I have a problem with anger. Expressing it, that is. Instead of healthy open debate, I skulk around like a passive aggressive teen. I watch in awe as others explode. A fellow journalist smashes up his computer in the office. People think it manly if bonkers. Another colleague, cultivated, liberal, fills the air with expletives all day long. Indulgent smiles all round. What a character.
I know it's bad for to bottle resentment up. It makes you a low, thing of animal cunning. People, confused by your passivity, lose respect. Dates slip through your hands. Lazier friends start to take advantage. "Liz can get the bill, and I'll settle it with her later," says a serial offender.
We conflict-averse types can literally spend our entire lives creating and trying to sustain elaborate fictions to hide from others - and, not uncommonly, from ourselves.
And the bad news is repressed anger can kill you. According to new research published this week, by a team at Stockholm University in Sweden, men who fail to complain about unfair treatment at work by bosses or colleagues double their risk of heart attack or dying from heart disease.
Keeping things bottled up - sometimes called 'covert coping' - greatly increases the chance of developing symptoms like a headache or stomach ache. Major organs can stop working. The immune system breaks down. Your hair (never your strongest point) goes brittle and drops off.
Meanwhile the Angry Squad are rewarded. In fact having a blazing row at work could actually be GOOD for your heart.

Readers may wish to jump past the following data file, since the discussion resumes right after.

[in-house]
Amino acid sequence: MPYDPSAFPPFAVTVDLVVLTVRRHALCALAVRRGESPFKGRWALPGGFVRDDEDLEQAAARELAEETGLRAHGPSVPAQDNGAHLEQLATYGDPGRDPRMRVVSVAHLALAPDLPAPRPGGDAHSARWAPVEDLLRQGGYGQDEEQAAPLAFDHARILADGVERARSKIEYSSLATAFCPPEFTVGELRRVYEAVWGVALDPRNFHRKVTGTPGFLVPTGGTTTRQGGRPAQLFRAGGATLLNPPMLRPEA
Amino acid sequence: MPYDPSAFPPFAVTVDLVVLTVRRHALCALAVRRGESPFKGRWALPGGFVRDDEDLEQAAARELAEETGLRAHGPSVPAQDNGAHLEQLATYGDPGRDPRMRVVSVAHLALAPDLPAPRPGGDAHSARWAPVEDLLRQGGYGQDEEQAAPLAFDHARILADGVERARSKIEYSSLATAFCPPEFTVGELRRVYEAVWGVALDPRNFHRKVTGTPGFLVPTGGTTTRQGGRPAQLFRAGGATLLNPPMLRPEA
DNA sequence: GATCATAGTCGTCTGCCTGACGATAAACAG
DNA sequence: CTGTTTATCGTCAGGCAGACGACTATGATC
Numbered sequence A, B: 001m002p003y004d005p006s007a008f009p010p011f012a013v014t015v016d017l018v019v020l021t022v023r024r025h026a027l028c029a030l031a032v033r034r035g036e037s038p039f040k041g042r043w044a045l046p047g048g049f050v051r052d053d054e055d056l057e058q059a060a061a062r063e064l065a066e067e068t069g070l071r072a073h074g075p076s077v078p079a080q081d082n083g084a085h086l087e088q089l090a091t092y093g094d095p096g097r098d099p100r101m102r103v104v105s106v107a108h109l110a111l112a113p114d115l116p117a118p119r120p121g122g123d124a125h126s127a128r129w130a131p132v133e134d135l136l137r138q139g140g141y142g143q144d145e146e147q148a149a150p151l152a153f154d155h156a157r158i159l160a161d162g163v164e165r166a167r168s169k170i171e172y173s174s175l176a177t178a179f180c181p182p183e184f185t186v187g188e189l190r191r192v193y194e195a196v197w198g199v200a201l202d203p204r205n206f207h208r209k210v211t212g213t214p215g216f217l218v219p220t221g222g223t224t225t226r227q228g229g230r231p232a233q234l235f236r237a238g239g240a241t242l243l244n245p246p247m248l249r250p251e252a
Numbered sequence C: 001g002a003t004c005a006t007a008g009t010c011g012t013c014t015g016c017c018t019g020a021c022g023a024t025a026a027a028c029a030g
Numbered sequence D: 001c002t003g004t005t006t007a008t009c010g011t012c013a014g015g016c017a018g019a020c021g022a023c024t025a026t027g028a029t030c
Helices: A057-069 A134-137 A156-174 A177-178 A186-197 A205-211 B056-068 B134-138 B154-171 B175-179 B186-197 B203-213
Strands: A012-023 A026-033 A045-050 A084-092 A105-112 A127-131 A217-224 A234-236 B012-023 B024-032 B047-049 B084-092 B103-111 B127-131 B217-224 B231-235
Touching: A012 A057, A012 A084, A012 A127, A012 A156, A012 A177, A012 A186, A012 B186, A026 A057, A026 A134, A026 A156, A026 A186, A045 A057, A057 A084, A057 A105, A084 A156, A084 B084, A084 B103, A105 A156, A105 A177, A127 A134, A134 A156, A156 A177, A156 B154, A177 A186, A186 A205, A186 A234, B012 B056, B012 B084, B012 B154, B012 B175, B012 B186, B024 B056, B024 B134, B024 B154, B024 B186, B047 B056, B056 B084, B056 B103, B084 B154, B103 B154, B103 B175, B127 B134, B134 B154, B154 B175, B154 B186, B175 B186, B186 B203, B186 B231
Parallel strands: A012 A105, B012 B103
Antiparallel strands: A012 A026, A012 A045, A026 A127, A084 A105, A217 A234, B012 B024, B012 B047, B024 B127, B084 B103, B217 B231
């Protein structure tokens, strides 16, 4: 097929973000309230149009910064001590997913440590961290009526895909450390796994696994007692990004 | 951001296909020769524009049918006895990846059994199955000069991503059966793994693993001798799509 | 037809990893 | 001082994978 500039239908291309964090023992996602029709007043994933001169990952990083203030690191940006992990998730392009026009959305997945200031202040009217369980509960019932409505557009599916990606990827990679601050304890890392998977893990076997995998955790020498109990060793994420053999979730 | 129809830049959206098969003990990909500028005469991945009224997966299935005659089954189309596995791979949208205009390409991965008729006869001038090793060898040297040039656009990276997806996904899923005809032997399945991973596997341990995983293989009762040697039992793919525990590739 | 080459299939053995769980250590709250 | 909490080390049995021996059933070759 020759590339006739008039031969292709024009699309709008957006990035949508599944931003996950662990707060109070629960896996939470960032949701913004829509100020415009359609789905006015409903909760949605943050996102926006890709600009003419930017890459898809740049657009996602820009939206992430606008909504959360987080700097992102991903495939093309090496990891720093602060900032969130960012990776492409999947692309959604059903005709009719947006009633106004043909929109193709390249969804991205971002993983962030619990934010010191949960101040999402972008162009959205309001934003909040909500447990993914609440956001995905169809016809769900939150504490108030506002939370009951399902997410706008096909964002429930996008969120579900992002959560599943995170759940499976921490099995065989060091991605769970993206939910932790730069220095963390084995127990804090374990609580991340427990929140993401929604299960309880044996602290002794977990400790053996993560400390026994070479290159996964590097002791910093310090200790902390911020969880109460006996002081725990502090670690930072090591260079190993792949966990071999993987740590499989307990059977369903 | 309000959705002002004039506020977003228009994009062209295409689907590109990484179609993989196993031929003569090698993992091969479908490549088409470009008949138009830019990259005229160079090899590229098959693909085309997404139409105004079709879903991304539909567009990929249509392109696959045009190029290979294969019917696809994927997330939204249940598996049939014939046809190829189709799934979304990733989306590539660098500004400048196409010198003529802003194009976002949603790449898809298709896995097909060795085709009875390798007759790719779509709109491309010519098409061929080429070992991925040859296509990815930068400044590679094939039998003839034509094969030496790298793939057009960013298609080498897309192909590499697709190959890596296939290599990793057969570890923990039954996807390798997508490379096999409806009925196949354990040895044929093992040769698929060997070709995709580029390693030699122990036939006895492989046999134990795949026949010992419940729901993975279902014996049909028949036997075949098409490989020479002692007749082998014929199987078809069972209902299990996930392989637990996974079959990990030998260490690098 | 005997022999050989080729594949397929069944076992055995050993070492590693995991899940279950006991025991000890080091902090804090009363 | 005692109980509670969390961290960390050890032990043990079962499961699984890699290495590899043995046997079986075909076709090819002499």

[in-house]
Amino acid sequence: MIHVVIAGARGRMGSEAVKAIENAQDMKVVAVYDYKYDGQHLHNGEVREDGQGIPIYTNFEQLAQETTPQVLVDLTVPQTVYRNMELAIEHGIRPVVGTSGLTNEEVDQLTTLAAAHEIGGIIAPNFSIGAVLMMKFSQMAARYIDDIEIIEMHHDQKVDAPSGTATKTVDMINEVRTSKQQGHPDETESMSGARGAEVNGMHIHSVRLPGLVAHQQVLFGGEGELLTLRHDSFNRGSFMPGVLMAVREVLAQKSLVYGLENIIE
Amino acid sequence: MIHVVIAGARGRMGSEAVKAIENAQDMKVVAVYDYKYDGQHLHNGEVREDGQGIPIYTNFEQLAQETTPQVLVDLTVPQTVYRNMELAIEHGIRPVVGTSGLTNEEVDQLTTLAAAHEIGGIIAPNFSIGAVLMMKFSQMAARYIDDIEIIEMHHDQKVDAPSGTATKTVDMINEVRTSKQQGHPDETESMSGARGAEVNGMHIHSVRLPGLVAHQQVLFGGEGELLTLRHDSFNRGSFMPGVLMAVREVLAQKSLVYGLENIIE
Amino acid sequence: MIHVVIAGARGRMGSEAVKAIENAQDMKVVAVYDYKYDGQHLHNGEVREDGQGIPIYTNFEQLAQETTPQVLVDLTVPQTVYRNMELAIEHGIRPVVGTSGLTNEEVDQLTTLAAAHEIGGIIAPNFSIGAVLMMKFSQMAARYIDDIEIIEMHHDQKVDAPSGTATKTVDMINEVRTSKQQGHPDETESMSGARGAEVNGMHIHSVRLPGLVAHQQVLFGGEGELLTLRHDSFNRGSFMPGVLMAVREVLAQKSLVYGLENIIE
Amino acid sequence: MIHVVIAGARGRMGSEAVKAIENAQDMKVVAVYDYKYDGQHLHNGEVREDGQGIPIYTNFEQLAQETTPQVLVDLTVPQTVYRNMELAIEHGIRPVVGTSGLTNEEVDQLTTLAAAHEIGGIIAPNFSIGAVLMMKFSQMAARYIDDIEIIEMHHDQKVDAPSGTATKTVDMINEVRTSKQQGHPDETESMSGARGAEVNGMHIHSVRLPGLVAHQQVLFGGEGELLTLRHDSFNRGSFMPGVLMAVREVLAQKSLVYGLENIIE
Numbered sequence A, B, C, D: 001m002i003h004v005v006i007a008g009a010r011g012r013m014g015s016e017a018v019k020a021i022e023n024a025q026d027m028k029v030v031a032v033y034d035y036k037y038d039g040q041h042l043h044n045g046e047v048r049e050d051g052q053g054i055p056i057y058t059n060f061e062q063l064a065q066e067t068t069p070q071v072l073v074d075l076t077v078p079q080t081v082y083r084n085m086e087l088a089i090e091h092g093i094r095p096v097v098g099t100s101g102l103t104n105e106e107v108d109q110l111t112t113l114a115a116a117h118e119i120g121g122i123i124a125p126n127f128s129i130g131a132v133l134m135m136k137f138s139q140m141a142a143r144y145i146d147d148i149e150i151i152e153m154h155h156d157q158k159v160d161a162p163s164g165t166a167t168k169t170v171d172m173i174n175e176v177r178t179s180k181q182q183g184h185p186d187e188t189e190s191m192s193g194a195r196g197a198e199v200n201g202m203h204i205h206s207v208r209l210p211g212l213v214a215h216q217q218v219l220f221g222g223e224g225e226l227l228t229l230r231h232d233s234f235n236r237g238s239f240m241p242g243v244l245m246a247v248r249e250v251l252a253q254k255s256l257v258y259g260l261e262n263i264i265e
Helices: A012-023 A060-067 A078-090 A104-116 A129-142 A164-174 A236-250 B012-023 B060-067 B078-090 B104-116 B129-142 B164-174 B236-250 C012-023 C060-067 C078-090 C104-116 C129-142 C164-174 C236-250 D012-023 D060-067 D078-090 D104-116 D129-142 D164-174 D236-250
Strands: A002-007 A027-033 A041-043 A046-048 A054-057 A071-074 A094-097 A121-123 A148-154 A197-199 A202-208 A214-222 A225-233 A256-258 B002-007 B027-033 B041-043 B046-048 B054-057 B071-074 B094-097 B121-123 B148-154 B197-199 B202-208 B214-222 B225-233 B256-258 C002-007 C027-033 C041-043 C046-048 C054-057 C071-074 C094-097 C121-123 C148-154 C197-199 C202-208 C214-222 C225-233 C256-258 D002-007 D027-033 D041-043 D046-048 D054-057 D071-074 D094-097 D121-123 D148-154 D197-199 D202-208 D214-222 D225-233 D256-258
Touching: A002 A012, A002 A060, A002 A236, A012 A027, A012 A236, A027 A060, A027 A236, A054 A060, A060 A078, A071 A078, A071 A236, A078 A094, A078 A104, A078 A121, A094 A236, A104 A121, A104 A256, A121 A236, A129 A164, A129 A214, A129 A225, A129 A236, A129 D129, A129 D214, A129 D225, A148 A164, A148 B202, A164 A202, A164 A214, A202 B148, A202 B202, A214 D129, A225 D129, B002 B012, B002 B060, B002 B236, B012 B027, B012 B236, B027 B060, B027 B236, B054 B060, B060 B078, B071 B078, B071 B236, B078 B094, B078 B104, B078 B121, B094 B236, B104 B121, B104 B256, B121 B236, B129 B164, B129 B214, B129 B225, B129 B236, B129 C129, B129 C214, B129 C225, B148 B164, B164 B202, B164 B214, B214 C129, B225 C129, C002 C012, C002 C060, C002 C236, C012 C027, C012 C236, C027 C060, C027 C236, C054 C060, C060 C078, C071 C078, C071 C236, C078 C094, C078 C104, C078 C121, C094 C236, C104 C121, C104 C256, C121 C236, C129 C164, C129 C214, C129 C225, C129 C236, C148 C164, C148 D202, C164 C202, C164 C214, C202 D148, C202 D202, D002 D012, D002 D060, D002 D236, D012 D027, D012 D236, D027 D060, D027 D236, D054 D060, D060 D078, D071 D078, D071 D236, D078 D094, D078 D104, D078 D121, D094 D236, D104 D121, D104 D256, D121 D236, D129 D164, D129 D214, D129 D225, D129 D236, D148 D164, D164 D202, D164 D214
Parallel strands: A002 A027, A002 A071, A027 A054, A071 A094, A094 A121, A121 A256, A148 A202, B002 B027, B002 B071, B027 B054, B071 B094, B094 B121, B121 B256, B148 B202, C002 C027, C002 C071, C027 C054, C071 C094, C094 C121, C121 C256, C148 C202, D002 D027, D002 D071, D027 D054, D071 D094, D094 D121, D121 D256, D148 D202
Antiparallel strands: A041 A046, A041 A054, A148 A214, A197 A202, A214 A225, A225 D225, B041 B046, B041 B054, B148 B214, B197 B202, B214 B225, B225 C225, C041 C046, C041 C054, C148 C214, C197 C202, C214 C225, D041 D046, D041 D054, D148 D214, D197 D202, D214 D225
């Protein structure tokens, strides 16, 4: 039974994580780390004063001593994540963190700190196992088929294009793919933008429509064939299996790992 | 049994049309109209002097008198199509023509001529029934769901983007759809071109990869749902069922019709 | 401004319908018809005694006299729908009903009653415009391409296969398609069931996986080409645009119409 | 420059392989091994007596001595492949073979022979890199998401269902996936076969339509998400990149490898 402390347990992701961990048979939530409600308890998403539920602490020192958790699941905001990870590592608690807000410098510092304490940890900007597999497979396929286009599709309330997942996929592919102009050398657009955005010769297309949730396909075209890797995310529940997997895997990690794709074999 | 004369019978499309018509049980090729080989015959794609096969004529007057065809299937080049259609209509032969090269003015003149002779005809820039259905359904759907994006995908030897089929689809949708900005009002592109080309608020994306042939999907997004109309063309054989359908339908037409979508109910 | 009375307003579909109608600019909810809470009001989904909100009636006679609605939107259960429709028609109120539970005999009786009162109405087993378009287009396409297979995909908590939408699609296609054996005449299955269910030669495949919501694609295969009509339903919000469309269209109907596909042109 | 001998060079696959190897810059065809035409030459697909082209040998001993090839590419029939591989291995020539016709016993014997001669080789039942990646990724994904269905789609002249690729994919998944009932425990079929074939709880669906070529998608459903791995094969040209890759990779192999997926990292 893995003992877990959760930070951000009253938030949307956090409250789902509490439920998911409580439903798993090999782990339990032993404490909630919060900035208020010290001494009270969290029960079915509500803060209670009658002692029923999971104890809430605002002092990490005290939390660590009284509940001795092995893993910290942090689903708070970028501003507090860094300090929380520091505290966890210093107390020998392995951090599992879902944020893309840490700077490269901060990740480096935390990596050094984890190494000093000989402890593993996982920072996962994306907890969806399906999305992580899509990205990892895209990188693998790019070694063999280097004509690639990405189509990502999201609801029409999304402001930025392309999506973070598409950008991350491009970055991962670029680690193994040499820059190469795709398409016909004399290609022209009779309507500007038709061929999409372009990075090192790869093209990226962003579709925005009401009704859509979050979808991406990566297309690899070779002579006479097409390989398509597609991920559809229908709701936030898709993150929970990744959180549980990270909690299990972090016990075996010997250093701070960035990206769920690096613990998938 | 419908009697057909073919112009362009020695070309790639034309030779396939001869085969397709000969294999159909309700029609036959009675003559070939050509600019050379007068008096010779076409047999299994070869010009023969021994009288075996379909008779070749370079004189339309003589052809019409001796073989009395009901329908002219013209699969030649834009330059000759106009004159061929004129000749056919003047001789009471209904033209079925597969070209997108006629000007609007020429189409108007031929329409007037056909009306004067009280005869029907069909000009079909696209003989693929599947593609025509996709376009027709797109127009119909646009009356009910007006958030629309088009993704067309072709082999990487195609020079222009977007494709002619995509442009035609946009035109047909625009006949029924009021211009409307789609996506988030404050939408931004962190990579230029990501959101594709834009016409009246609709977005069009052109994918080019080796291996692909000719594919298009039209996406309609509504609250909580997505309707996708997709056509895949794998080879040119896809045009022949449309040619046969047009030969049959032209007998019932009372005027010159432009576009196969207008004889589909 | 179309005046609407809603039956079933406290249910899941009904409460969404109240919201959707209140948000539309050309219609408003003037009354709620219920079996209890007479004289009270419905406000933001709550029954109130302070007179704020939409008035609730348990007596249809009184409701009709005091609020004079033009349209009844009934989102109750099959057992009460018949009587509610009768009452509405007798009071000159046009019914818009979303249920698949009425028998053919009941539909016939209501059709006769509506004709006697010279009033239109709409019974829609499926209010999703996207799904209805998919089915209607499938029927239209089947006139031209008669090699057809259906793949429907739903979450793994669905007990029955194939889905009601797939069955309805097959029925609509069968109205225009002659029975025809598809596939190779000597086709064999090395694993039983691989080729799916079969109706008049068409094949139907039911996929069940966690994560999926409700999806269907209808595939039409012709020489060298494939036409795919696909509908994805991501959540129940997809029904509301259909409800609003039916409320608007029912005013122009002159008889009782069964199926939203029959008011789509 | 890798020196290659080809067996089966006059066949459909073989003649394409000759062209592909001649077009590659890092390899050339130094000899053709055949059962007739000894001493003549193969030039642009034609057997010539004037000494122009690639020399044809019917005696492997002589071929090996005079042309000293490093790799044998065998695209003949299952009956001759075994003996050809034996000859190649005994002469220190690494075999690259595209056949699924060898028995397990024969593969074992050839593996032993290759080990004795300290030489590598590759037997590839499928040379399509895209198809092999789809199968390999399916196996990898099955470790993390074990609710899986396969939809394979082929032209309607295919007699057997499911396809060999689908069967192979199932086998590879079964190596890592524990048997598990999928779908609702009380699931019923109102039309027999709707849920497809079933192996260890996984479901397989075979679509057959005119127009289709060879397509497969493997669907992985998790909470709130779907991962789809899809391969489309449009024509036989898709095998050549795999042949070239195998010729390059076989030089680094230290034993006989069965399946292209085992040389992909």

So recently I have been trying to cultivate a more authentic angry voice. To express my real feelings (at work, with friends, in love). Books on "compassionate honesty" litter my office. "Are you ready to free yourself from self-defeating behaviour?" trills the blurb on one. "Are you really hard-wired to run from pain?" confronts another.
A month in, can i tell you what a bloody disaster it has been? Prospective employers have stopped returning my calls. The lodger is borderline tearful. The last person I slept with has decided I'm "too difficult".
It all starts so well. When a friend forgets (again) to book the theatre, I text back sternly. "Babe, I really haven't got time for this behaviour." Chilly silence. An editor on a glossy commissions me to interview an A-Lister. The shoot is frankly a nightmare. When I tell the truth, it becomes like the Salem Witch Trials. I hate myself for stooping to complain. Then get furious that I'm wrong-footed again.
On a weekend break with a female friend (a genuine force of nature, who rarely does anything she doesn't want to), I psyche myself up to be a Person of Substance. The first time, she pulls a stunt, I'm ready. "You don't want a main course," she tells me, whipping the menu away. "We can share."
"Actually," I begin, visibly trembling. "I'm a grown-up, I think I can decide what I want to eat." People at the next table exchange looks. Have I just been let out of an institution? Maybe they should just move the knives away?
The trouble is I can never pull anger off with conviction. Being incredibly reasonable becomes your job description. Even though (whisper it) you're not actually always that nice on the inside. You become so unused to authentic anger, that when the red mist does finally start to descend, you go from 0 to 60. People look on in horror as you make a fuss about something incredibly trivial.
Why can't I be more playful. Have more fun with fury?
Instead I feel so incredibly guilty that I go out of my way to be charming on the next occasion. Emails are littered with kisses and "my dears". The offender, flumoxed by my inconsistent behaviour, acts thoughtlessly again, and I revert to my sulky inner teen. Stalemate.
I'm running out of address book. So frankly in praise of the 'covert coper' for me. Who cares if the price is a headache?